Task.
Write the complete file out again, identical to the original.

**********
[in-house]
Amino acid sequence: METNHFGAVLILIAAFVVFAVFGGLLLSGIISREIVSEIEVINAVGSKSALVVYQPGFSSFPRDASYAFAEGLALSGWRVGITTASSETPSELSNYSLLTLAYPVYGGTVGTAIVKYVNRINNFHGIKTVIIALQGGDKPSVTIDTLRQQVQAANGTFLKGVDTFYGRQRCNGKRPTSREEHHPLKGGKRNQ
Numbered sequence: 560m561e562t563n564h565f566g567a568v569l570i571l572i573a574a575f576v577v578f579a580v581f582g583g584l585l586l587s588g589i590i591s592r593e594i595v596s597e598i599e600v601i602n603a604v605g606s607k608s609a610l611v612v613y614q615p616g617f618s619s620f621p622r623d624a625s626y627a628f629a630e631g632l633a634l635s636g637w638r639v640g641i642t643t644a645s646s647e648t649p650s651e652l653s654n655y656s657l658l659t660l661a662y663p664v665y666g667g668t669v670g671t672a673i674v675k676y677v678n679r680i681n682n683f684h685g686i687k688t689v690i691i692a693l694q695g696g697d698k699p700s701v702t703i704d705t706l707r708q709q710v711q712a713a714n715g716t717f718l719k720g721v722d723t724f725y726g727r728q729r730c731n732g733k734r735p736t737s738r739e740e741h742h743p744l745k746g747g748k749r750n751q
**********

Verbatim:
[in-house]
Amino acid sequence: METNHFGAVLILIAAFVVFAVFGGLLLSGIISREIVSEIEVINAVGSKSALVVYQPGFSSFPRDASYAFAEGLALSGWRVGITTASSETPSELSNYSLLTLAYPVYGGTVGTAIVKYVNRINNFHGIKTVIIALQGGDKPSVTIDTLRQQVQAANGTFLKGVDTFYGRQRCNGKRPTSREEHHPLKGGKRNQ
Numbered sequence: 560m561e562t563n564h565f566g567a568v569l570i571l572i573a574a575f576v577v578f579a580v581f582g583g584l585l586l587s588g589i590i591s592r593e594i595v596s597e598i599e600v601i602n603a604v605g606s607k608s609a610l611v612v613y614q615p616g617f618s619s620f621p622r623d624a625s626y627a628f629a630e631g632l633a634l635s636g637w638r639v640g641i642t643t644a645s646s647e648t649p650s651e652l653s654n655y656s657l658l659t660l661a662y663p664v665y666g667g668t669v670g671t672a673i674v675k676y677v678n679r680i681n682n683f684h685g686i687k688t689v690i691i692a693l694q695g696g697d698k699p700s701v702t703i704d705t706l707r708q709q710v711q712a713a714n715g716t717f718l719k720g721v722d723t724f725y726g727r728q729r730c731n732g733k734r735p736t737s738r739e740e741h742h743p744l745k746g747g748k749r750n751q